Luigi Naldi, MD
Centro Studi GISED
Coronavirus Disease 2019 (COVID‐19)‐Associated Hospitalization and Mortality in Patients with Psoriasis: A Population‐Based Study. Khalaf Kridin, Yochai Schonmann, Dana Tzur Bitan et al. American Journal of Clinical Dermatology https://doi.org/10.1007/s40257-021-00605-8
The safety of treatment for immune-mediated diseases like psoriasis during the COVID-19 pandemic is a matter of concern. In an Israeli population-based nested case-control study using the Clalit Health Services database, 3,151 patients with psoriasis that tested positive for SARS-CoV-2 infection were identified. Of these, 332 (10.5%) were hospitalized due to COVID-19, with 51 (1.6%) dying of the disease. The adjusted odds ratio (OR) for hospitalization from COVID-19 in oral methotrexate users (n. 44) was 2.30 (95% CI, 1.11-4.78), while biologic drug users (n. 74) had an OR of 0.75 (95% CI, 0.32- 1.73). No association was documented for COVID-19 mortality. Older age, comorbid cardiovascular diseases, metabolic syndrome, chronic obstructive pulmonary disease, and chronic renal failure independently predicted COVID-19-associated hospitalization and mortality. These results are at variance with data from other studies, such as a population-based Danish study (Nørgård BM et al. Br J Clin Pharmacol. 2021;87:2111–2120) showing, in multivariate analysis, no increased risk of hospitalization for COVID-19 in patients treated with methotrexate (n = 17,977), anti-TNF-α agents (n = 17,857), and anti-interleukin therapeutic agents (n = 3744), compared to the rest of the Danish population.
It is unclear if methotrexate, by means different from oral intake, was considered in the Israeli study. Moreover, the restriction of the Israeli study to SARS-CoV-2 infected patients does not allow evaluation of the rate of infection in different treatment groups. Among SARS-CoV-2 infected patients, more patients were treated with biologics than by methotrexate. I wonder if these proportions reflect the proportion of drug use in the underlying psoriasis population at large. Finally, the exposure to drugs in clinical practice is not a random process, and variables affecting prescription may also be linked to specific outcomes of interest. For example, socioeconomic factors may be related to both methotrexate prescription and COVID-19 outcome.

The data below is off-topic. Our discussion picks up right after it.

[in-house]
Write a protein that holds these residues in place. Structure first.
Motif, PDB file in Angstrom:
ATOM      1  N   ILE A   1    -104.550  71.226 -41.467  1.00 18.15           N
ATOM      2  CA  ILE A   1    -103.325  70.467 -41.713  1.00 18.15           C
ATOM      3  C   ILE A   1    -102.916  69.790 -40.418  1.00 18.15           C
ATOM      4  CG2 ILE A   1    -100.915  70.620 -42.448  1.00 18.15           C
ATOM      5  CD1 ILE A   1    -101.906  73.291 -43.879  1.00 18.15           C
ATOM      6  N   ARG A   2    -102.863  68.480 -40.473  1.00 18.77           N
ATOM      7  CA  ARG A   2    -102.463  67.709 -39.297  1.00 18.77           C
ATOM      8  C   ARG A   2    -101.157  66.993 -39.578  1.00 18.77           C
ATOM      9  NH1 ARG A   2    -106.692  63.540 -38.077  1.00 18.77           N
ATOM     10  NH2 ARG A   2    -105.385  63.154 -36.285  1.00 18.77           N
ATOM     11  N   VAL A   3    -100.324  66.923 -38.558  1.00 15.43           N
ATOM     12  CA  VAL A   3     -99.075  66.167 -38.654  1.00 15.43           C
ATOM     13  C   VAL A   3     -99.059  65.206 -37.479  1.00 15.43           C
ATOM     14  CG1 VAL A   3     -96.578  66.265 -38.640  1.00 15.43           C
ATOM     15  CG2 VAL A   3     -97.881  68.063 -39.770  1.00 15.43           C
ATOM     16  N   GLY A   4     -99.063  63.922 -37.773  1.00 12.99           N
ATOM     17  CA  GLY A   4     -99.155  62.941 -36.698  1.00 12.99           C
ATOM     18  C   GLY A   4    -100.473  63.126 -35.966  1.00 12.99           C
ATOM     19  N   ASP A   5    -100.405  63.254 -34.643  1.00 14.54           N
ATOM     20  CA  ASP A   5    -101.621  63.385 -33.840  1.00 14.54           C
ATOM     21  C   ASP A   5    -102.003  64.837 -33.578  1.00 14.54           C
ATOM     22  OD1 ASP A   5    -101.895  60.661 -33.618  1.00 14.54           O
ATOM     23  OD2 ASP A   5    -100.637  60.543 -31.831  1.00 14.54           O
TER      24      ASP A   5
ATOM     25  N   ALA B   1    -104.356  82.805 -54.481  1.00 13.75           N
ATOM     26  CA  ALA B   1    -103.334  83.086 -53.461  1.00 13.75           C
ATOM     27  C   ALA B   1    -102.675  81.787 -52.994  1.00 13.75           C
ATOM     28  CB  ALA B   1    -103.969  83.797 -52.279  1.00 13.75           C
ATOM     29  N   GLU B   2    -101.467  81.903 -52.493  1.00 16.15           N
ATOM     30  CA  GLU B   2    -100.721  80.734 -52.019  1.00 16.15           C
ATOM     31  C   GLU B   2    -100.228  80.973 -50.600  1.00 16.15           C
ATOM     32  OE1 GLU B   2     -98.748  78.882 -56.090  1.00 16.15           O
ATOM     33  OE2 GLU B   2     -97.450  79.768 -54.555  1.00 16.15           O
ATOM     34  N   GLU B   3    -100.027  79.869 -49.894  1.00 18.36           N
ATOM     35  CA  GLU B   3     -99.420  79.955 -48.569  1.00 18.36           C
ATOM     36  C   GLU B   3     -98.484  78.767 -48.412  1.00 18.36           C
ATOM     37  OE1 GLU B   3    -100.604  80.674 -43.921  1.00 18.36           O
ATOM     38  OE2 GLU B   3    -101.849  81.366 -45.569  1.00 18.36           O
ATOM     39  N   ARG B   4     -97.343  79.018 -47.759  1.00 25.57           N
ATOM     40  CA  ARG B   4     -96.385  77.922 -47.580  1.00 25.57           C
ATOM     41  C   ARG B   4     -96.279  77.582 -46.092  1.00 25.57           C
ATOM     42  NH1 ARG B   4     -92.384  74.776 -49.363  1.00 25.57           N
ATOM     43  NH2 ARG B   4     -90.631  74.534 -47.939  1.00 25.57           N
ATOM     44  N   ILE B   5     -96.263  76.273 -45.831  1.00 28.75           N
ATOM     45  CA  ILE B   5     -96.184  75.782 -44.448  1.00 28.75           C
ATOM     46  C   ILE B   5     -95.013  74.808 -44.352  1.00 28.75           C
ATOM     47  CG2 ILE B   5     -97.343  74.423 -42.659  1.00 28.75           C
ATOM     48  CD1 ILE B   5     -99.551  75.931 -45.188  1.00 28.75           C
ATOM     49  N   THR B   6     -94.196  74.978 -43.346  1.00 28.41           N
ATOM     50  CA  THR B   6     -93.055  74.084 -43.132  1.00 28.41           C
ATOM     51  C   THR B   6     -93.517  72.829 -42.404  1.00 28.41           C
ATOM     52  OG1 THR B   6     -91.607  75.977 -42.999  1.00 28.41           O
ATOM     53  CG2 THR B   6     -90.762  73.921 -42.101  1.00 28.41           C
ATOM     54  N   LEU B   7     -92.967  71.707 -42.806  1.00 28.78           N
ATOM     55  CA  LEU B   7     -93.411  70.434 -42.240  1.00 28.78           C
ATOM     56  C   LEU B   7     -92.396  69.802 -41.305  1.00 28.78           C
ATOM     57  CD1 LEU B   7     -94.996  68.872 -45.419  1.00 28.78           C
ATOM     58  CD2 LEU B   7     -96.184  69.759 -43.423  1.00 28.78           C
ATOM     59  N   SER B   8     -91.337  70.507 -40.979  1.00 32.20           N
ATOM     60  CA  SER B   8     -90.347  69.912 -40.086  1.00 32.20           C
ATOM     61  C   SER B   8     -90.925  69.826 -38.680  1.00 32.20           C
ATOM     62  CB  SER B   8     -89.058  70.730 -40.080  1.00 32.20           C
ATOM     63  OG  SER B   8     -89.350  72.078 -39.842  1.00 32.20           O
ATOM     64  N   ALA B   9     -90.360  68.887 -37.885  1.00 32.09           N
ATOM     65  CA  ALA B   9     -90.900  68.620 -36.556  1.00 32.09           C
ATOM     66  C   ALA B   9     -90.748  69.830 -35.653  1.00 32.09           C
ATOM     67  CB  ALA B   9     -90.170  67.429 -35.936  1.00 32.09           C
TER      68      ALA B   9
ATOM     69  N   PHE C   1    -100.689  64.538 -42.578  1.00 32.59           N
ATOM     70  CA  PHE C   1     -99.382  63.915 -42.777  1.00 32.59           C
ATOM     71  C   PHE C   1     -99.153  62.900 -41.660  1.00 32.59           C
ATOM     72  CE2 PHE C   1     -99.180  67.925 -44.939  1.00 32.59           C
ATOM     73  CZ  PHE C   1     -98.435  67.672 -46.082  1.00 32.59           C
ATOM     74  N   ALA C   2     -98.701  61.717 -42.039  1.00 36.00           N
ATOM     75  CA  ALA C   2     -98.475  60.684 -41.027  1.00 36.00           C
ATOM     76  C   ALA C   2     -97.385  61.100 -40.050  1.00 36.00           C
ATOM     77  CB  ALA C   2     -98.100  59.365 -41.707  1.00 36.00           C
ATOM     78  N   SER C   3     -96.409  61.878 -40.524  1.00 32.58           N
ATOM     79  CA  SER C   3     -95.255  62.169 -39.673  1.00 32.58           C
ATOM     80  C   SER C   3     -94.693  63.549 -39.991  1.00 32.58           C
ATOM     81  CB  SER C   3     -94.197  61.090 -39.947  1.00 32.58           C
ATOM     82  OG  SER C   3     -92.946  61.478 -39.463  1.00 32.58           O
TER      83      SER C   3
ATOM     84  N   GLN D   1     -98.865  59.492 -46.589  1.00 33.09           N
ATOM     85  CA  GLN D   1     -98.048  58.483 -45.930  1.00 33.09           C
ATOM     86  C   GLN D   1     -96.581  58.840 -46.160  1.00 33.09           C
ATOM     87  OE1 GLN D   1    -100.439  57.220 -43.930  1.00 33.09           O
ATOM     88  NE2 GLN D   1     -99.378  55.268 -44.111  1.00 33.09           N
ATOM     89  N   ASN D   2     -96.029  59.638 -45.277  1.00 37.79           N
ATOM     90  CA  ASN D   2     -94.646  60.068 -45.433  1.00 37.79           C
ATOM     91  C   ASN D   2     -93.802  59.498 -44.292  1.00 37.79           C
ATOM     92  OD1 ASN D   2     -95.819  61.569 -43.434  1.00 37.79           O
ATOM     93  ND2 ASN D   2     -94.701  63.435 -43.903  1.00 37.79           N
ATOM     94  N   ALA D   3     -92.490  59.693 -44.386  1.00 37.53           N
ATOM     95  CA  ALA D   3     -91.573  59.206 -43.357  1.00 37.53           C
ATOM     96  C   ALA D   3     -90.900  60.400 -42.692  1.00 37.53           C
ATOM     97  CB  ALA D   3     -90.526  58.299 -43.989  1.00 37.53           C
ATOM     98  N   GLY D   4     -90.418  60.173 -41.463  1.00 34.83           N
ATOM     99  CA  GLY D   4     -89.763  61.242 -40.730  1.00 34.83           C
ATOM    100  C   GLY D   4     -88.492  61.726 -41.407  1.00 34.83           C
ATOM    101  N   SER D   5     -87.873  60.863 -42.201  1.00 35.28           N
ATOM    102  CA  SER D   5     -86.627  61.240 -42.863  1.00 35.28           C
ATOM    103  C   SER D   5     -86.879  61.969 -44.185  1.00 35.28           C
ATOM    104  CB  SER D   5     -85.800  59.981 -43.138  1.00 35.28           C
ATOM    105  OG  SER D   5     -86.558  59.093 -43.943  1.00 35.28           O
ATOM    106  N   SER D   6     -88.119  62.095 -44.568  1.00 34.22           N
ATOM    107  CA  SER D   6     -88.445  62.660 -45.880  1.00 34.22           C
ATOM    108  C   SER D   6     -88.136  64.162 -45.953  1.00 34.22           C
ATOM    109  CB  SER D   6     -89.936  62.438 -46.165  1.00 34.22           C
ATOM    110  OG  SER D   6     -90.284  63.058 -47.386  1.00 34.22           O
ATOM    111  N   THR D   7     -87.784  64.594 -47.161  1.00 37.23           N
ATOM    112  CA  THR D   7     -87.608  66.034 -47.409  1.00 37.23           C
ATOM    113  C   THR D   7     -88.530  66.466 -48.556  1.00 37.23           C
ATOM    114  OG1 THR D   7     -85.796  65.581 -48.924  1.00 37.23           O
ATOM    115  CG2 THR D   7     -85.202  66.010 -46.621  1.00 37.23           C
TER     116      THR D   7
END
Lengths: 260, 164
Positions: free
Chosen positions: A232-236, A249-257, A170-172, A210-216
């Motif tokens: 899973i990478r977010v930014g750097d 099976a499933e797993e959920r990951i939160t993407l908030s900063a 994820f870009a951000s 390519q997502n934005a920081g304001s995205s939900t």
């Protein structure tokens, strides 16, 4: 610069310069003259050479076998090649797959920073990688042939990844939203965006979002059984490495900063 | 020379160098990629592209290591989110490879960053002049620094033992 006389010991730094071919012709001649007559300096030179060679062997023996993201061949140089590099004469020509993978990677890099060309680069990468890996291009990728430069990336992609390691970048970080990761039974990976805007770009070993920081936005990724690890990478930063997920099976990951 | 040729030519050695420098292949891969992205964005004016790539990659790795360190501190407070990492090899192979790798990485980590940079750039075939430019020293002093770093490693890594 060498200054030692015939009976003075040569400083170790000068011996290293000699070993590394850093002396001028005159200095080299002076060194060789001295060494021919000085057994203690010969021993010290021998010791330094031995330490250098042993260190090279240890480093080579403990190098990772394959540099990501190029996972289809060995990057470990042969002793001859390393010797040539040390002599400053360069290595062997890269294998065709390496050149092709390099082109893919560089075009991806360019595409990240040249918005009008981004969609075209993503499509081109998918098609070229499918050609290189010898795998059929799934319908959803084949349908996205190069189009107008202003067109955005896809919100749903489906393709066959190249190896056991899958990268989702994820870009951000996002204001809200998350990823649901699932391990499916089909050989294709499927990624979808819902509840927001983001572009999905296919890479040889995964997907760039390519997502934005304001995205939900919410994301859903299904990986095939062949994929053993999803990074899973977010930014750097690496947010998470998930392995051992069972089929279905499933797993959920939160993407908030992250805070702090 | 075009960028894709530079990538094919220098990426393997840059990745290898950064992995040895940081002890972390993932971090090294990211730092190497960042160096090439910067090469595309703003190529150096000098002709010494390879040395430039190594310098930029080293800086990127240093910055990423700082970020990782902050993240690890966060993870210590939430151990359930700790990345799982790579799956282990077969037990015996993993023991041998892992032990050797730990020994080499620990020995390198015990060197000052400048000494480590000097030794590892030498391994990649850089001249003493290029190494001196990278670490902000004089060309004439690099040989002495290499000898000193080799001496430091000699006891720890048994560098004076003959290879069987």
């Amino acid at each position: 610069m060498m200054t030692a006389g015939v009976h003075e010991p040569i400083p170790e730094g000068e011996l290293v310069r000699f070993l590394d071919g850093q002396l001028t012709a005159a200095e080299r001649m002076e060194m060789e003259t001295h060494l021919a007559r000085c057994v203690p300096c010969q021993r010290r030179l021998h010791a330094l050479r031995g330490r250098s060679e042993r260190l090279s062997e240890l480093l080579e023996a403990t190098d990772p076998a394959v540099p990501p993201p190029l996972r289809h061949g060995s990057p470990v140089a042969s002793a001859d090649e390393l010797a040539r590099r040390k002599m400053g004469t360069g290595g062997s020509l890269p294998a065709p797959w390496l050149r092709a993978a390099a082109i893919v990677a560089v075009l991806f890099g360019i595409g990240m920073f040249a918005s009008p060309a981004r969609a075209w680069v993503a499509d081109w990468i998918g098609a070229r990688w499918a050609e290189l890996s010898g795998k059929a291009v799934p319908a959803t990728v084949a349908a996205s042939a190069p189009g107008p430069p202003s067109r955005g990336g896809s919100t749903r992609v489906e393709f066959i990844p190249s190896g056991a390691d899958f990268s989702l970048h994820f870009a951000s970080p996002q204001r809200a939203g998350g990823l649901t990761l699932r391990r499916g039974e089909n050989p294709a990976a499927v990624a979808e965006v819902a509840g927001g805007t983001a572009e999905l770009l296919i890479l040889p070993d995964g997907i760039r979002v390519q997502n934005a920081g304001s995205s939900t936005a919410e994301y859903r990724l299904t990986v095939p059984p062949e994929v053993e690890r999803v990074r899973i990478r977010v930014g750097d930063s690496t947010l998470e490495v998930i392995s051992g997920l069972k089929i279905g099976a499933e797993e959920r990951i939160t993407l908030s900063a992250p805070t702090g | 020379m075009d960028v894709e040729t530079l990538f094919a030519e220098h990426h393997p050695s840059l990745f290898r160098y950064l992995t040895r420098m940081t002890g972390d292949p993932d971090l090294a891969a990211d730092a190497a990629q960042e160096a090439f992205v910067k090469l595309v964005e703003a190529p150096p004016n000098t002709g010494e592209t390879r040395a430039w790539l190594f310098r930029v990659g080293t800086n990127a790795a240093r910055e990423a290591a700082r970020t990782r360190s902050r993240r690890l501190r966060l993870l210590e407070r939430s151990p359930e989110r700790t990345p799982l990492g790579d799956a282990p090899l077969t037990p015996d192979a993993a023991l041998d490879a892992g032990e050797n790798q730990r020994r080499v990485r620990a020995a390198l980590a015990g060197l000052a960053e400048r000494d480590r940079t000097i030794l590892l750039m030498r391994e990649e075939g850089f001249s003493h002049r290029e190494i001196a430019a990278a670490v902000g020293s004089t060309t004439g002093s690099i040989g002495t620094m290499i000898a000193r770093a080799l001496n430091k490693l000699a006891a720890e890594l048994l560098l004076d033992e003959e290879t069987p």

Methotrexate is a popular and long-used drug in psoriasis treatment. In systematic reviews, methotrexate has not been previously shown to increase the risk of severe infections and viral infections in psoriasis (J Clin Med. 2019; 8:15). Interestingly, methotrexate induces the generation of adenosine, which has been shown to inhibit lung inflammation in experimental models and to mitigate the expression of angiotensin-converting enzyme 2 (ACE2) in epithelial cells. There are reports of patients treated with methotrexate who remained healthy despite prolonged, close contact to SARS-CoV-2- infected individuals (Schälter et al. Arthritis Res Ther 2021, 23:166). On the other hand, methotrexate may not inhibit the hyper-inflammatory response in infected patients.
All in all, the impact of methotrexate exposure during the COVID-19 pandemic remains to be precisely defined. At this stage, in my opinion, no modifications in the management strategies are advisable, while intensive surveillance and structured data collection are advocated.